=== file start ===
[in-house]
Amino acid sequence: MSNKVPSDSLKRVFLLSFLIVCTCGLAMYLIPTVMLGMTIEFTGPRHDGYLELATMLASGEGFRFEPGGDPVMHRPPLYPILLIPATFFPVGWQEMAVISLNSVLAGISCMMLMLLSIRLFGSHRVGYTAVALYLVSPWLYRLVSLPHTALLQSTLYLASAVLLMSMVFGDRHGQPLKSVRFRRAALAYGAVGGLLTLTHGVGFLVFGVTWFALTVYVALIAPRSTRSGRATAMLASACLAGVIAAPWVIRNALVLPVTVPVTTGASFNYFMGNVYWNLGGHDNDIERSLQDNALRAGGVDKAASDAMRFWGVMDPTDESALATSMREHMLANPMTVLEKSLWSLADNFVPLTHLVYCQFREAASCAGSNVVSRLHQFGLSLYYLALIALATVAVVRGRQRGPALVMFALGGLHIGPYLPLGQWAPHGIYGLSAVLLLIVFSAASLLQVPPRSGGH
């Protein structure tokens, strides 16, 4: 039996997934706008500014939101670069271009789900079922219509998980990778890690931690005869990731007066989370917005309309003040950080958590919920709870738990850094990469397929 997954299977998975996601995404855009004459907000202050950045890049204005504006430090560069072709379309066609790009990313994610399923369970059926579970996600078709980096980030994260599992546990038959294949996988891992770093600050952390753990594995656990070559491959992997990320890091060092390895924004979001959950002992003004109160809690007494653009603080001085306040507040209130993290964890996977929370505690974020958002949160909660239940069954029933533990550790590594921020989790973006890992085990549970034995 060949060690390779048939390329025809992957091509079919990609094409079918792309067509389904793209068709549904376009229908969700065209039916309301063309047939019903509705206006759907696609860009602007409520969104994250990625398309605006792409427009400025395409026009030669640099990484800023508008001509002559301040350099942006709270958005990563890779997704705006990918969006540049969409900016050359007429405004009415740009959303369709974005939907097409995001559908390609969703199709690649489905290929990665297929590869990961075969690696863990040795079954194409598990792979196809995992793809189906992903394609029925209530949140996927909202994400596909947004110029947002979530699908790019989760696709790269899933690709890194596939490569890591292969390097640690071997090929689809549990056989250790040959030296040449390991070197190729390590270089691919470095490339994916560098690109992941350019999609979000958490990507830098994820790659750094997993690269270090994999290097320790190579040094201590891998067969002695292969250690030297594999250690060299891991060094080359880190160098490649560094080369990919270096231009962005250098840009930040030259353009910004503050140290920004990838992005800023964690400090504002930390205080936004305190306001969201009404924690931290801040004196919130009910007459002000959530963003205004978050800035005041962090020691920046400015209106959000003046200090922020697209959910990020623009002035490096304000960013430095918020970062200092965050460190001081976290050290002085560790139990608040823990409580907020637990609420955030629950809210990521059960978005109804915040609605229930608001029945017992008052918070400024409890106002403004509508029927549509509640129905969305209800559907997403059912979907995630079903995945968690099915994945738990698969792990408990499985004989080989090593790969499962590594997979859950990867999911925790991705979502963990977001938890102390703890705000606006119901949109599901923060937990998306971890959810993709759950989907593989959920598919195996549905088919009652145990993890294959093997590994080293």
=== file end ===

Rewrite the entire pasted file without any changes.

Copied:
[in-house]
Amino acid sequence: MSNKVPSDSLKRVFLLSFLIVCTCGLAMYLIPTVMLGMTIEFTGPRHDGYLELATMLASGEGFRFEPGGDPVMHRPPLYPILLIPATFFPVGWQEMAVISLNSVLAGISCMMLMLLSIRLFGSHRVGYTAVALYLVSPWLYRLVSLPHTALLQSTLYLASAVLLMSMVFGDRHGQPLKSVRFRRAALAYGAVGGLLTLTHGVGFLVFGVTWFALTVYVALIAPRSTRSGRATAMLASACLAGVIAAPWVIRNALVLPVTVPVTTGASFNYFMGNVYWNLGGHDNDIERSLQDNALRAGGVDKAASDAMRFWGVMDPTDESALATSMREHMLANPMTVLEKSLWSLADNFVPLTHLVYCQFREAASCAGSNVVSRLHQFGLSLYYLALIALATVAVVRGRQRGPALVMFALGGLHIGPYLPLGQWAPHGIYGLSAVLLLIVFSAASLLQVPPRSGGH
């Protein structure tokens, strides 16, 4: 039996997934706008500014939101670069271009789900079922219509998980990778890690931690005869990731007066989370917005309309003040950080958590919920709870738990850094990469397929 997954299977998975996601995404855009004459907000202050950045890049204005504006430090560069072709379309066609790009990313994610399923369970059926579970996600078709980096980030994260599992546990038959294949996988891992770093600050952390753990594995656990070559491959992997990320890091060092390895924004979001959950002992003004109160809690007494653009603080001085306040507040209130993290964890996977929370505690974020958002949160909660239940069954029933533990550790590594921020989790973006890992085990549970034995 060949060690390779048939390329025809992957091509079919990609094409079918792309067509389904793209068709549904376009229908969700065209039916309301063309047939019903509705206006759907696609860009602007409520969104994250990625398309605006792409427009400025395409026009030669640099990484800023508008001509002559301040350099942006709270958005990563890779997704705006990918969006540049969409900016050359007429405004009415740009959303369709974005939907097409995001559908390609969703199709690649489905290929990665297929590869990961075969690696863990040795079954194409598990792979196809995992793809189906992903394609029925209530949140996927909202994400596909947004110029947002979530699908790019989760696709790269899933690709890194596939490569890591292969390097640690071997090929689809549990056989250790040959030296040449390991070197190729390590270089691919470095490339994916560098690109992941350019999609979000958490990507830098994820790659750094997993690269270090994999290097320790190579040094201590891998067969002695292969250690030297594999250690060299891991060094080359880190160098490649560094080369990919270096231009962005250098840009930040030259353009910004503050140290920004990838992005800023964690400090504002930390205080936004305190306001969201009404924690931290801040004196919130009910007459002000959530963003205004978050800035005041962090020691920046400015209106959000003046200090922020697209959910990020623009002035490096304000960013430095918020970062200092965050460190001081976290050290002085560790139990608040823990409580907020637990609420955030629950809210990521059960978005109804915040609605229930608001029945017992008052918070400024409890106002403004509508029927549509509640129905969305209800559907997403059912979907995630079903995945968690099915994945738990698969792990408990499985004989080989090593790969499962590594997979859950990867999911925790991705979502963990977001938890102390703890705000606006119901949109599901923060937990998306971890959810993709759950989907593989959920598919195996549905088919009652145990993890294959093997590994080293």